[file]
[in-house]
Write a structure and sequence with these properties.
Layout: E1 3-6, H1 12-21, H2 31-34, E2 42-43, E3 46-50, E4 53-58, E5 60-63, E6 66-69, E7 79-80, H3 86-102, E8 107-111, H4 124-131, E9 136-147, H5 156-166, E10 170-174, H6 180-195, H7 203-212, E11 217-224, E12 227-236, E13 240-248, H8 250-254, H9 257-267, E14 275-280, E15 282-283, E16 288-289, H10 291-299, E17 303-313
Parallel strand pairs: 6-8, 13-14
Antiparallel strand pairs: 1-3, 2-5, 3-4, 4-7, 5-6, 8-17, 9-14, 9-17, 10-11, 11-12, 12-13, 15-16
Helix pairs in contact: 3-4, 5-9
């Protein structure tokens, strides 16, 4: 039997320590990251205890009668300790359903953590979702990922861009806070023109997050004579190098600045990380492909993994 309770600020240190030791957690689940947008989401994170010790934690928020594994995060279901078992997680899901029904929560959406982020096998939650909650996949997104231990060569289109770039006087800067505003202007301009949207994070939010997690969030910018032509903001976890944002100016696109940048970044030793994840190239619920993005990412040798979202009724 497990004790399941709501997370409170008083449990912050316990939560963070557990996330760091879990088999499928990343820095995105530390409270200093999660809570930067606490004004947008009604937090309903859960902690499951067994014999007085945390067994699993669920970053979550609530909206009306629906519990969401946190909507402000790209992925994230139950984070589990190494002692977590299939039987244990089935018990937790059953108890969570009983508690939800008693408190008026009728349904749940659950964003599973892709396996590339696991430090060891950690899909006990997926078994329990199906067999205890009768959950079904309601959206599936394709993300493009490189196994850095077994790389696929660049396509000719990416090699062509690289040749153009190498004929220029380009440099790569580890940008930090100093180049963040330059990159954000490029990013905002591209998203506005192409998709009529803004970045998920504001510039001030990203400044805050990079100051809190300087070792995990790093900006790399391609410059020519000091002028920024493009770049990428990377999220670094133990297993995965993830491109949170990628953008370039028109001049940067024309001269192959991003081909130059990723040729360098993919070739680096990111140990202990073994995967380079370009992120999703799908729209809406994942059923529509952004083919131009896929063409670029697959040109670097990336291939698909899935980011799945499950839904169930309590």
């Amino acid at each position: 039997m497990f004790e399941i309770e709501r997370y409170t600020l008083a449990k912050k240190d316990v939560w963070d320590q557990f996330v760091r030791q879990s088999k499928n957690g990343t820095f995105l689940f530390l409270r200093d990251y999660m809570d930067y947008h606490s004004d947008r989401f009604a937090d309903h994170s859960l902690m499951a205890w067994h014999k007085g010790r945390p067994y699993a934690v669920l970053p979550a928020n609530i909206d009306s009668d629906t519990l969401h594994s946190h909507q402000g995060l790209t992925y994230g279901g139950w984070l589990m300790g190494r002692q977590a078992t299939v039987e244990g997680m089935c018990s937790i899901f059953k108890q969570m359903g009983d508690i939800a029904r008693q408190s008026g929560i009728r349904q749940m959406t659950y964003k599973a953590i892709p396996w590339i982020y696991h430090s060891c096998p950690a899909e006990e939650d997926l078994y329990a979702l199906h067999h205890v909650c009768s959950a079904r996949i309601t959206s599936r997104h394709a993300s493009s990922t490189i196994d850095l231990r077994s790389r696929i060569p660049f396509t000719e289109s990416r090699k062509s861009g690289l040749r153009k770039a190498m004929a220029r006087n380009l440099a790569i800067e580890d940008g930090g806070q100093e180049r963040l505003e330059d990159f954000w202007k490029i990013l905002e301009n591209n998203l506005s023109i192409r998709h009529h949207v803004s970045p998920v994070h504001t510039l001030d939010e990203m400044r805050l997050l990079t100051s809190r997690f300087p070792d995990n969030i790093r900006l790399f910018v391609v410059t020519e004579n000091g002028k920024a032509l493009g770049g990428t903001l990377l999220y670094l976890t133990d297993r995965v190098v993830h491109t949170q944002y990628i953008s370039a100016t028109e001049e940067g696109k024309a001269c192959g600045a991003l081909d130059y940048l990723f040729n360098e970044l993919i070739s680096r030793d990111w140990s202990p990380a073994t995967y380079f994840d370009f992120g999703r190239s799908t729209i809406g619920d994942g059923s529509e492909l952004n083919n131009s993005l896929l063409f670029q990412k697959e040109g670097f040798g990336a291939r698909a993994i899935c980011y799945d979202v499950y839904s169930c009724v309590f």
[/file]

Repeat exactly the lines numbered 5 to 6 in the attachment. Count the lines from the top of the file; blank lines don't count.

Antiparallel strand pairs: 1-3, 2-5, 3-4, 4-7, 5-6, 8-17, 9-14, 9-17, 10-11, 11-12, 12-13, 15-16
Helix pairs in contact: 3-4, 5-9